> >
> > Any thoughts?
>
> Doesn't matter what happens in Windows. You've already mentioned that
> WD's diag program (which boots using a DOS-bootable floppy) has detected
> a lock error. Why are you concerned with what happens later in Windows
> when you already know the direct diagnostics of the drive show it is
> bad? While the interface circuity is working sufficiently to identify
> the device, that doesn't mean the device will function correctly when
> used. That just means the controller card on the hard drive is [mostly]
> working.
>
> Don't know what is your report from last week (and no link presented
> here to it). If this is a new drive, why haven't you returned it to the
> seller or gotten an RMA from WD to replace it? Or you could search WD's
> online knowledgebase to find, say, http://snipurl.com/89ev. Are you
> running a 3rd party security product that usurps the MBR (master boot
> record), like Safeboot? Is this in a laptop or pre-built desktop that
> incorporates security in its BIOS or in the MBR (you never mentioned
> anything about what hardware you have)?
>
> --
> __________________________________________________
> *** Post replies to newsgroup. Share with others.
> (E-mail: domain = ".com", add "=NEWS=" to Subject)
> __________________________________________________
>
>
Related resources
Anonymous
a b G Storage
August 5, 2004 10:21:35 PM

Archived from groups: microsoft.public.windowsxp.hardware (More info?)

"Alfred_63" <Alfred63@discussions.microsoft.com>
wrote in news:2B7F1FE7-CA85-4E0A-B75F-2D5E61B60AE1@microsoft.com:
> Thanks Vanguard
>
> email from WD:
> It sounds like Windows XP has lost or is not finding the information
> it needs to recognize the drive and the data on it. You can try
> contacting Microsoft and ask how to make Windows XP recognize the
> drive and the data on it.
>
> In response to your questions:
> 1. Error 220, Locked Drive, does not equal bad drive.
> 2. Why don't I just return the drive? Because it has 100GB of data I
> would like back.
> 3. No third party security product like Safeboot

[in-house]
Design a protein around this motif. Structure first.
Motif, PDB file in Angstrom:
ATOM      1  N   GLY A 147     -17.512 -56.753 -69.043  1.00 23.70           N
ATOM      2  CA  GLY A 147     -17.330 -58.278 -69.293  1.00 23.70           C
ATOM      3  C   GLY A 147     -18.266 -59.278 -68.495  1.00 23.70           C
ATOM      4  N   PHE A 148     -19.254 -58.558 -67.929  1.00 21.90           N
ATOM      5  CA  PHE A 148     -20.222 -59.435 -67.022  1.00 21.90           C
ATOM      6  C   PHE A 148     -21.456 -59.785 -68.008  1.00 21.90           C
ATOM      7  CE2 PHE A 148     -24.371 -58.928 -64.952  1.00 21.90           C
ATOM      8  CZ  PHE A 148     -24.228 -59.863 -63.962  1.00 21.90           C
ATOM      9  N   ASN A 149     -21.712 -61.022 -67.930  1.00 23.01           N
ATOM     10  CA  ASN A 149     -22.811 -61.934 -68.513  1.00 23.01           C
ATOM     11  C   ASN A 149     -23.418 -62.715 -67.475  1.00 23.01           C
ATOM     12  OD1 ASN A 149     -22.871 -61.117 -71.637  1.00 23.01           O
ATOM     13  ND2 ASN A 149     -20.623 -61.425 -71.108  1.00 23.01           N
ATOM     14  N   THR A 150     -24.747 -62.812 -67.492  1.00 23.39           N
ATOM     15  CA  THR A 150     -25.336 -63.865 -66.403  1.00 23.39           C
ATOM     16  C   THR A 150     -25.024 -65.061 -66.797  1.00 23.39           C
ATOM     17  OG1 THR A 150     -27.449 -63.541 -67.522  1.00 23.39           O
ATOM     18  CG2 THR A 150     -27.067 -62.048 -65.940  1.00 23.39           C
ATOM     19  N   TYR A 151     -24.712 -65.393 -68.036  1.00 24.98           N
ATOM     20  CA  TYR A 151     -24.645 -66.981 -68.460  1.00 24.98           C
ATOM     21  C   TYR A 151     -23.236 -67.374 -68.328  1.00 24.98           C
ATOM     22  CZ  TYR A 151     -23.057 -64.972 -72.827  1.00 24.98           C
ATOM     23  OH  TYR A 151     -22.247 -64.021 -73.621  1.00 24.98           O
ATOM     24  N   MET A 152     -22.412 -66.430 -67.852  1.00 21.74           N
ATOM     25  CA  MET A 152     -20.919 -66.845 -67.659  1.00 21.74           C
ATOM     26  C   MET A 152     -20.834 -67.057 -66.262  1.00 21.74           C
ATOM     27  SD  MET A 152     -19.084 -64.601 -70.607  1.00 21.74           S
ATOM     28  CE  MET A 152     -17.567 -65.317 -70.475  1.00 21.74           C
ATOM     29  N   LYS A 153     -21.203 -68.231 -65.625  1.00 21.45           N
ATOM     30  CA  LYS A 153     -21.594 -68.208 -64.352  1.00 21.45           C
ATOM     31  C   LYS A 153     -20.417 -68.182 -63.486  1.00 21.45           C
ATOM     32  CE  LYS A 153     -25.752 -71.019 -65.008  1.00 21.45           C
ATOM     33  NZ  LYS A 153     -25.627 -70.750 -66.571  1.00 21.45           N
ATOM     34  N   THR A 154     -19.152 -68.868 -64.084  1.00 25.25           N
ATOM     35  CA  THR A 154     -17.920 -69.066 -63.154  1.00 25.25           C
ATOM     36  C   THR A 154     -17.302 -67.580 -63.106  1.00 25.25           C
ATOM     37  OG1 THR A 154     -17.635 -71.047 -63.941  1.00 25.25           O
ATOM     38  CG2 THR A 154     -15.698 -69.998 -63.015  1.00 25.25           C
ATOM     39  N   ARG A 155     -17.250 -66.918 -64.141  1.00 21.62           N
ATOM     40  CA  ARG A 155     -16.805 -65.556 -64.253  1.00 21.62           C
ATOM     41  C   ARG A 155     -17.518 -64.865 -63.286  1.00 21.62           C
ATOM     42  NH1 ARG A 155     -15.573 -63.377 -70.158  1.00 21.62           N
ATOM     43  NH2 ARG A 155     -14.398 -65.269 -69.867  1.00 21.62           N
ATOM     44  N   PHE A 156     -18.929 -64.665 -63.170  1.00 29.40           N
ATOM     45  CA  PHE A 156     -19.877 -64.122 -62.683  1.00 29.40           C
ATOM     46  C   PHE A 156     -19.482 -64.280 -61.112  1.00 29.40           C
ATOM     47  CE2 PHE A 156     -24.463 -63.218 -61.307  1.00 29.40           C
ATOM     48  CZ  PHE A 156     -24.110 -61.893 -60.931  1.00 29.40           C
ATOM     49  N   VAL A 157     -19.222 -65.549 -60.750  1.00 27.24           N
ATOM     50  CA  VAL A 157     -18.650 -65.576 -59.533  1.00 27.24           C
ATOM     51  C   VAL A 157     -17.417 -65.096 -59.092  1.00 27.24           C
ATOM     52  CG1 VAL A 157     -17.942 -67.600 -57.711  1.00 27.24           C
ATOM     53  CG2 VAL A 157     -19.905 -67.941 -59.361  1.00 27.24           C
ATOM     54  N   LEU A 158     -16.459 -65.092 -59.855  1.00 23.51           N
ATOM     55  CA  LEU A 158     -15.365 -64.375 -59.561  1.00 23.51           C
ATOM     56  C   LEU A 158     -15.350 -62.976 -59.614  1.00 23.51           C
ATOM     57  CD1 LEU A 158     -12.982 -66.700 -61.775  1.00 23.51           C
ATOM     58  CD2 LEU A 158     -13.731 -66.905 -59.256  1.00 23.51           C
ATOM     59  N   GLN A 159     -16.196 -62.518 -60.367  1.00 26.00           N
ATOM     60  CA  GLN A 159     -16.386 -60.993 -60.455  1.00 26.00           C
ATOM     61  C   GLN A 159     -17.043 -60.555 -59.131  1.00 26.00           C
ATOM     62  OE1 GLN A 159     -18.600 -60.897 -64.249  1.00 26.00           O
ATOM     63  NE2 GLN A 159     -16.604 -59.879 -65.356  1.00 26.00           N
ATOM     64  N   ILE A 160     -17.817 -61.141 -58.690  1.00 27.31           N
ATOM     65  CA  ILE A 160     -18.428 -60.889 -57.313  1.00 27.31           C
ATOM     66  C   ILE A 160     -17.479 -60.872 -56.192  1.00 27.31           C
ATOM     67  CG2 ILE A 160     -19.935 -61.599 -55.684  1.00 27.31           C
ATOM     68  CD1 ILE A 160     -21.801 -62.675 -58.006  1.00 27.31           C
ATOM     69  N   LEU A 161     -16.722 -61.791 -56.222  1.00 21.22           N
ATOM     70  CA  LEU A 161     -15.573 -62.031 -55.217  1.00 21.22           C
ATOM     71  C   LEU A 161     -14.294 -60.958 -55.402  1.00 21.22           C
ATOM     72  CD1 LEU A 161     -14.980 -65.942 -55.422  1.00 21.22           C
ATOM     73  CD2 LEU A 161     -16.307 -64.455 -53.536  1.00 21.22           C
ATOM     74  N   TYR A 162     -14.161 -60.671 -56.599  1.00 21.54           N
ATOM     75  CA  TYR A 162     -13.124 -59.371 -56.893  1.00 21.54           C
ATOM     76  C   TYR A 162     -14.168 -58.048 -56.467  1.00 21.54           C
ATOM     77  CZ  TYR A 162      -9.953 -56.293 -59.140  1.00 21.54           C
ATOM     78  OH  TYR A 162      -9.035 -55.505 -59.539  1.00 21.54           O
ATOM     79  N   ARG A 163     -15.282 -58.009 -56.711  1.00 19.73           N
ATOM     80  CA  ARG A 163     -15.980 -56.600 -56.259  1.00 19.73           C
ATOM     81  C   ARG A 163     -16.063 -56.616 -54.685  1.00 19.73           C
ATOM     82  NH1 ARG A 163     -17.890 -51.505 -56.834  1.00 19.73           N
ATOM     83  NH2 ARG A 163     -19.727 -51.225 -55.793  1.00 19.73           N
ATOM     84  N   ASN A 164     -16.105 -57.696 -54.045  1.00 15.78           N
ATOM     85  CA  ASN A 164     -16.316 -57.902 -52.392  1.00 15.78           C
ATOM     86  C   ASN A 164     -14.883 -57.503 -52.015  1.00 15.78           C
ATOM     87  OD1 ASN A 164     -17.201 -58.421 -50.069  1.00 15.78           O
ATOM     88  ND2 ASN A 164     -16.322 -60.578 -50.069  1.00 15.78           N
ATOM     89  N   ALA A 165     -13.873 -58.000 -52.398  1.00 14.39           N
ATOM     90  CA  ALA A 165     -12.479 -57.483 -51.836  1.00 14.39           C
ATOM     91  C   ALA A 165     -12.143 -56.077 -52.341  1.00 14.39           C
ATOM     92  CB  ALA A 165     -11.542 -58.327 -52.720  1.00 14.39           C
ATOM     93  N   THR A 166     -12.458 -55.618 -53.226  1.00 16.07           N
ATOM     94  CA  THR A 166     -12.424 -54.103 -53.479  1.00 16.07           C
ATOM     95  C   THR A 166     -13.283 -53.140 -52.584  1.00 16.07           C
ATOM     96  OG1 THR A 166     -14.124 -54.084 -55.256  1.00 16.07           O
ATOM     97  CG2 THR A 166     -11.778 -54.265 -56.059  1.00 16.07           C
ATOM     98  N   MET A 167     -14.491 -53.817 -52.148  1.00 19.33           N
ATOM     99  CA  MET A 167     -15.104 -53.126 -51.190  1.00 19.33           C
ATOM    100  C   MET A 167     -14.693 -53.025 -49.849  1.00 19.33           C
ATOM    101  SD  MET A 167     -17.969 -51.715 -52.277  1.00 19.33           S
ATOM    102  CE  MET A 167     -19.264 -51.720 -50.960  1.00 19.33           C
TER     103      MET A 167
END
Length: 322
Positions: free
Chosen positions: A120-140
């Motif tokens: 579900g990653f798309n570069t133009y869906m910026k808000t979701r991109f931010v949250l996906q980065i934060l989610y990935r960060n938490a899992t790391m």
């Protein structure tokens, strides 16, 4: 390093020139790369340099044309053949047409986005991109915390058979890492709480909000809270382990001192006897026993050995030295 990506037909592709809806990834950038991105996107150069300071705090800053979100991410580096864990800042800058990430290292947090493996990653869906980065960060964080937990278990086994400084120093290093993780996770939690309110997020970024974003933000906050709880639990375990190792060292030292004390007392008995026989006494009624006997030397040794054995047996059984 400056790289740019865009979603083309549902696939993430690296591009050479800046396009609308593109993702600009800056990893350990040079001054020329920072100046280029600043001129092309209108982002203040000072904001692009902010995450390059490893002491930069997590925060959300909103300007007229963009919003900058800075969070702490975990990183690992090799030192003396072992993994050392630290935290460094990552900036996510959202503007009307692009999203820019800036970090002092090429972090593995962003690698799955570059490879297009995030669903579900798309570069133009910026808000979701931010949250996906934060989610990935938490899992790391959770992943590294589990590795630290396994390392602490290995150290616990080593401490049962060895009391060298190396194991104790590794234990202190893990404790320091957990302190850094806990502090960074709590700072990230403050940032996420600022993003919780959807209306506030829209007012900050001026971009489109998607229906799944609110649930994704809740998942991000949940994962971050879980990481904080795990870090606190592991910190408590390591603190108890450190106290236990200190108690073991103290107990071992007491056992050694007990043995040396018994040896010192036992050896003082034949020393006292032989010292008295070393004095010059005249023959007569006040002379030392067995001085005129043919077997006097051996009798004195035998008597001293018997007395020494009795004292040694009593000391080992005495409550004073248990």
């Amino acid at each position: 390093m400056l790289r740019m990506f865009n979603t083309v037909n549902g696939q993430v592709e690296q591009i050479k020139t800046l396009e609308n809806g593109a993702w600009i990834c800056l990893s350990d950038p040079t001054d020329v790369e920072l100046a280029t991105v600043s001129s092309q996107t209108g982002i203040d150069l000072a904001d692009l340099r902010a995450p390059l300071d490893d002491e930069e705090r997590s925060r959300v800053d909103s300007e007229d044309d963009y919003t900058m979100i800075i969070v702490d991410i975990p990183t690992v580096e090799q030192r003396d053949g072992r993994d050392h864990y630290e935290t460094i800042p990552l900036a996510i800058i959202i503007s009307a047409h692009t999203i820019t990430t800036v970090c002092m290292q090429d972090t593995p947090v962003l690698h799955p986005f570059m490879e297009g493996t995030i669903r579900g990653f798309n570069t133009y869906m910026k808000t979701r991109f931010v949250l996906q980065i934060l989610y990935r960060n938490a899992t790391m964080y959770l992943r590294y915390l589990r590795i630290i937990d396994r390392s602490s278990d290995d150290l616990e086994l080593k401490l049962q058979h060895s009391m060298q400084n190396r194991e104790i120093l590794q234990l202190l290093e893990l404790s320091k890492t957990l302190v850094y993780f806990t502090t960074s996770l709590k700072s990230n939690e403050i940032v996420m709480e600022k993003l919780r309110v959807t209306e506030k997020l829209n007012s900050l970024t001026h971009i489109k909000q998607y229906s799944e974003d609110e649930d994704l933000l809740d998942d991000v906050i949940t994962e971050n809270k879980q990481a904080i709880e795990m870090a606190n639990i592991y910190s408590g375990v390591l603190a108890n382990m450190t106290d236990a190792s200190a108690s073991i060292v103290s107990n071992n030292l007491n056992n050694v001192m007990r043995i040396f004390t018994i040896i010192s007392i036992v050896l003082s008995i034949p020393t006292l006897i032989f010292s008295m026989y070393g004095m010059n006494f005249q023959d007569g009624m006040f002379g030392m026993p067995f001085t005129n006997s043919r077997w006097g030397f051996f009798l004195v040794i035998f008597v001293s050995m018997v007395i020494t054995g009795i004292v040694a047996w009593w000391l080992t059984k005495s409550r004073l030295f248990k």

> 4. Pre-built Desktop, Sony Vaio PCV RX490TV 1.7 GHZ Intel w/ Windows
> XP Home edition.
>
> Also, you didn't address why Disk Management crashes, can I use to
> fix?
> http://support.microsoft.com/default.aspx?scid=kb;en-us;327020

I assume that you are running WD's diagnostics from a DOS-bootable
floppy and *not* from an install and execute of it under Windows. If
the lock error is occuring when booting into DOS and running the
diagnostics then anything in Windows for checking the drive is too late
and might actually mask or obfuscate the problem.

Is this the same drive from which Windows boots (called the system
partition)? Do you have Windows boot from the system partition, like
C:, but load the rest of it from a boot partition, like D: (see
http://support.microsoft.com/?id=314470)? Is there only the WD 120GB
drive in your host, or is this 120GB drive the second, or later, drive?
If it is not the first drive or the one used to load Windows, have you
ran 'chkdsk /r' on it? If it does have the partition used to load
Windows, have you tried booting using the Windows install CD and running
Repair (the second one offered since the first Repair just puts you into
Recovery Console mode)? I don't know if Vaio's come with a real install
CD or just a disk image on a CD or in a hidden partition (which
overwrites everything in the restored partition).

Was this a recent problem? Has this drive been in usable service
before, and for how long? Was it after the drive got installed or
recently replaced? Is the bad drive formatted using FAT32 or NTFS?

Did you check the BIOS for any settings regarding locking the drive? If
the CMOS battery is going bad or dead, you lose your settings (back to
their defaults). I don't know what BIOS settings are available for Sony
Vaio hosts.


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Anonymous
a b G Storage
August 5, 2004 10:24:40 PM

Archived from groups: microsoft.public.windowsxp.hardware (More info?)

Oh, and if you can get into Windows (because it loads from a different
drive), try doing a rescan of the hard drives in the Disk Management MMC
applet (diskmgmt.msc, Action -> Rescan Disks).

--
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Anonymous
a b G Storage
August 5, 2004 10:24:41 PM

Archived from groups: microsoft.public.windowsxp.hardware (More info?)

Alright, I'll follow your suggestions. To run chkdsk/r do I go to Start - Run
and type chkdsk?

Thanks Vanguard

To follow up on your questions:
1. Your right, from Bootable disk provided by WD for install and
diagnostics. It has a diagnostic tool and an option is to check the drive.